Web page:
As part of the consideration by the WTO's Committee on Regional Trade Agreements of the United States - Mexico - Canada Agreement (USMCA), China asked the USMCA parties about a specific provision of the agreement's investment chapter that could place limits on investor-state dispute settlement (ISDS) claims where Chinese companies "own or control" the investor in question.
When the NAFTA was renegotiated as the USMCA, its provisions related to investment protection and ISDS were scaled back considerably, but remained to some extent as between the United States and Mexico. In the USMCA investment chapter, Annex 14-D governs Mexico-United States Investment Disputes. In its definition section, this Annex defines the term "claimant," and in doing so restricts the ability of a claimant to bring claims where the investor is "owned or controlled by a person" of a third country that either the United States or Mexico "has determined to be a non-market economy ... and with which no Party has a free trade agreement":
claimant means an investor of an Annex Party that is a party to a qualifying investment dispute, excluding an investor that is owned or controlled by a person of a non-Annex Party that, on the date of signature of this Agreement, the other Annex Party has determined to be a non-market economy for purposes of its trade remedy laws and with which no Party has a free trade agreement;
Neither Mexico nor the United States has a "free trade agreement" with China (the U.S.-China Phase One trade deal would almost certainly not qualify). Thus, if a U.S. company who has made an investment in Mexico or a Mexican company who has made an investment in the United States is looking to bring an ISDS claim under Annex 14-D, such a claim could be excluded if these companies were "owned or controlled by a person" of China.
At the WTO Committee, China brought up this provision as follows:
1.11. As mentioned in paragraph 5.33 of the factual presentation, Annex 14-D of the USMCA provides for a mechanism for the dispute settlement of investment between Mexico and the US. The text reads as follows, "Claimant means an investor of an Annex Party that is a party to a qualifying investment dispute, excluding an investor that is owned or controlled by a person of a non-Annex Party that, ... the other Annex Party has determined to be a non-market economy..."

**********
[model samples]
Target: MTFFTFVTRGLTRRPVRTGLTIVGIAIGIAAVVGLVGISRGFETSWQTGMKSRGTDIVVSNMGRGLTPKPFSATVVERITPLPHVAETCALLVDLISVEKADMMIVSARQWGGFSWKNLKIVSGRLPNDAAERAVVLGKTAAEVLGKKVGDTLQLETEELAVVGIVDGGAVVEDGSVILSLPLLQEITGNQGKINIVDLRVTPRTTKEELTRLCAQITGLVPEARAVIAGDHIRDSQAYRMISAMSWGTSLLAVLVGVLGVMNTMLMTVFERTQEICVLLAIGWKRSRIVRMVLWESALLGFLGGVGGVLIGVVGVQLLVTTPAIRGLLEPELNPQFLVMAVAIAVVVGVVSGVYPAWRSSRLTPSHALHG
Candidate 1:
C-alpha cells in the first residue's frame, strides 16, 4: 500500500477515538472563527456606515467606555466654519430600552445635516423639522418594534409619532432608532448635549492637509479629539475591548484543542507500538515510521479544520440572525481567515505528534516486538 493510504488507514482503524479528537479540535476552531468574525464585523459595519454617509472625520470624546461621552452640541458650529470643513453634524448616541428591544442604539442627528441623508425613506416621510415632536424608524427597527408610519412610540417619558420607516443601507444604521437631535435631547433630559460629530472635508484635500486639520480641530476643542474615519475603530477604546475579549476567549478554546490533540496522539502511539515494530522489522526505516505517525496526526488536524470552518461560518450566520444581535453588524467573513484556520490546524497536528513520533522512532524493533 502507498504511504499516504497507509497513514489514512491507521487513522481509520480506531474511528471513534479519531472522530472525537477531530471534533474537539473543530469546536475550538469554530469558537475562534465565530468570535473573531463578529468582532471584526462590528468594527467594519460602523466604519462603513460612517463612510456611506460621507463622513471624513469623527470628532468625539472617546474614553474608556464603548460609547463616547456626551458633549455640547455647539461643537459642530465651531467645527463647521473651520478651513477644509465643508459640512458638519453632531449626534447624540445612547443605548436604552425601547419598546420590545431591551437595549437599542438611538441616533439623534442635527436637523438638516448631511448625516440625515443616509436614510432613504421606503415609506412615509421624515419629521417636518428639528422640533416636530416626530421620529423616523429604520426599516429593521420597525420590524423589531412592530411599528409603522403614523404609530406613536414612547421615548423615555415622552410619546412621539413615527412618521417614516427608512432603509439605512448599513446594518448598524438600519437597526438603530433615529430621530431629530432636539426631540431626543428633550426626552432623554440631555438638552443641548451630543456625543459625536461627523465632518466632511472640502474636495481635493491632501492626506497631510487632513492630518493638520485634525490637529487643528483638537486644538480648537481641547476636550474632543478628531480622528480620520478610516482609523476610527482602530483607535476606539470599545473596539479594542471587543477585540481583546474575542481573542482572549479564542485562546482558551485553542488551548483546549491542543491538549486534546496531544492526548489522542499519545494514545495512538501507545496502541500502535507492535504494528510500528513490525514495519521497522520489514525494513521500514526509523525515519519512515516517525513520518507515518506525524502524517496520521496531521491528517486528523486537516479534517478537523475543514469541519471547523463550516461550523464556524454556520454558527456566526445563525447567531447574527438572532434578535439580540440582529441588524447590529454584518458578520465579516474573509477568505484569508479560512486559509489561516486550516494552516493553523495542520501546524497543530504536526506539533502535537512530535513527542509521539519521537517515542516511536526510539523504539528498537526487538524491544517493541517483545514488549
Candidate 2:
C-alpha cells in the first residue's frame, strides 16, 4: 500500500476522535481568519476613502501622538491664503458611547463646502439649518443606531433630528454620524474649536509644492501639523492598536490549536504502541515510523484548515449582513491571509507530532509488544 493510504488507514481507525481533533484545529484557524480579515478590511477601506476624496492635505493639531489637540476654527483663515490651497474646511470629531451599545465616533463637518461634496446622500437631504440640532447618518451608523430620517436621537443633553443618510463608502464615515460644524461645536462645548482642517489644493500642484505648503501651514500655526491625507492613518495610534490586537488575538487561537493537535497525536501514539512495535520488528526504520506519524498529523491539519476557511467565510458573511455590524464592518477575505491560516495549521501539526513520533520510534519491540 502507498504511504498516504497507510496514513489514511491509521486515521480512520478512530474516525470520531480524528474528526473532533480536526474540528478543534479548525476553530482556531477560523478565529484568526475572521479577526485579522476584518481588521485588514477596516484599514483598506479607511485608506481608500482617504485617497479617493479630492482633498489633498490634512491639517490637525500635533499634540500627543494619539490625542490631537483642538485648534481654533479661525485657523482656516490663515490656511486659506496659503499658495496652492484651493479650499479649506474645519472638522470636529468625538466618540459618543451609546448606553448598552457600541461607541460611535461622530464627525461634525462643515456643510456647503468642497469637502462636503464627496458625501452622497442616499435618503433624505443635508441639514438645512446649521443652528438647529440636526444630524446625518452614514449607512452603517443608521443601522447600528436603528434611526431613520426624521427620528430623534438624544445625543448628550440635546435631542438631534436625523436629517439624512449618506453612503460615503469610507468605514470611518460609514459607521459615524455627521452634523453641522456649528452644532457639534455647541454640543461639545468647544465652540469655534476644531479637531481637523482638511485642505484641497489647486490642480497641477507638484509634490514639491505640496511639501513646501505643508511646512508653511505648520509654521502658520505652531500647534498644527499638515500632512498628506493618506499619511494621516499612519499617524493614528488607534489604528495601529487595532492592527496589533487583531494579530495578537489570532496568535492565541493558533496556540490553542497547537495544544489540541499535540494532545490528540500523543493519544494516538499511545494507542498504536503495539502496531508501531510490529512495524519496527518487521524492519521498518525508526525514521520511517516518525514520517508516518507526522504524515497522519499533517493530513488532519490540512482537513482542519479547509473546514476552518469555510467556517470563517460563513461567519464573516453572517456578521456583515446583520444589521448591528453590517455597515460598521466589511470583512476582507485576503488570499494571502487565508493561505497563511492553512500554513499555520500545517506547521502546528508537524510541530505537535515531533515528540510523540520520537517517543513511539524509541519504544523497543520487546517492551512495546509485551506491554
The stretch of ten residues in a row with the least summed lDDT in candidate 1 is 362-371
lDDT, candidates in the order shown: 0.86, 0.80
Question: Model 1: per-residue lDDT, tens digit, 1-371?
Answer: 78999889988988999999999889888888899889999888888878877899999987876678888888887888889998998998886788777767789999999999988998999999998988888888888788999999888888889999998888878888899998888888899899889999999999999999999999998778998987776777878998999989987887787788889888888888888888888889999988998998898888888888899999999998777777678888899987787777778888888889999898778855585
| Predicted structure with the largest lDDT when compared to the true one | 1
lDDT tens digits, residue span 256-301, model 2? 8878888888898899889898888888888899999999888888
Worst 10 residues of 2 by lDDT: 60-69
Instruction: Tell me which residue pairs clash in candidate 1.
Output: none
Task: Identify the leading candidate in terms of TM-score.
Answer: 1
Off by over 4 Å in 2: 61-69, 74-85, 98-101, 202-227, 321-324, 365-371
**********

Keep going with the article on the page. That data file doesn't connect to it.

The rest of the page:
China then asked two specific questions.
First, it said: "Could the US side and Mexican side elaborate what is the consideration of this provision?"
The parties responded as follows:
Response from the Parties
Under USMCA/CUSMA/TMEC Article 14.D.3, a claimant may submit a qualifying investment dispute to arbitration on its own behalf or on behalf of an enterprise of the respondent that is a juridical person that the claimant owns or controls directly or indirectly. Under Annex 14-D, a "claimant" is different from an "investor" because the term "claimant" excludes an "investor that is owned or controlled by a person of a non-Annex Party that, on the date of signature of this Agreement, the other Annex Party has determined to be a non-market economy for purposes of its trade remedy laws and with which no Party has a free trade agreement."
Response from the United States
For the United States, the process for designation of non-market economies for purposes of its trade remedy laws is set forth in 19 U.S.C. 1677(18) and a listing of the eleven countries so designated is available at https://www.trade.gov/nme-countries-list.
Response from Mexico
Mexico does not have a list of non-market economies nor a legal mechanism to designate them.
Mexico's response here that it "does not have a list of non-market economies nor a legal mechanism to designate them" seems to have implications for the scope of the exclusion in relation to investments in Mexico.
Second, China asked "[w]hat problems would the Parties like to solve through this provision? Does this provision violate the spirit of non-discrimination principle of the WTO?"
In response, the parties said:
International investment agreements, such as the USMCA/CUSMA/TMEC investment chapter, prescribe specific limits and conditions upon a respondent State's consent to arbitration. Each State makes a sovereign choice regarding the scope of its consent to investor-State arbitration when entering into an international investment agreement. The United States and Mexico take seriously their WTO commitments and the USMCA provisions are consistent with those commitments.
It is not clear to what extent Chinese companies have investments in Mexico and the United States for which there then exists additional cross-border investment in the other USMCA country. As a result, it is hard to say how many companies would be affected and how often the non-market economy exclusion in this provision will come up. Nevertheless, China's questions here show its interest in the possible impact on its companies who do business in the North American market.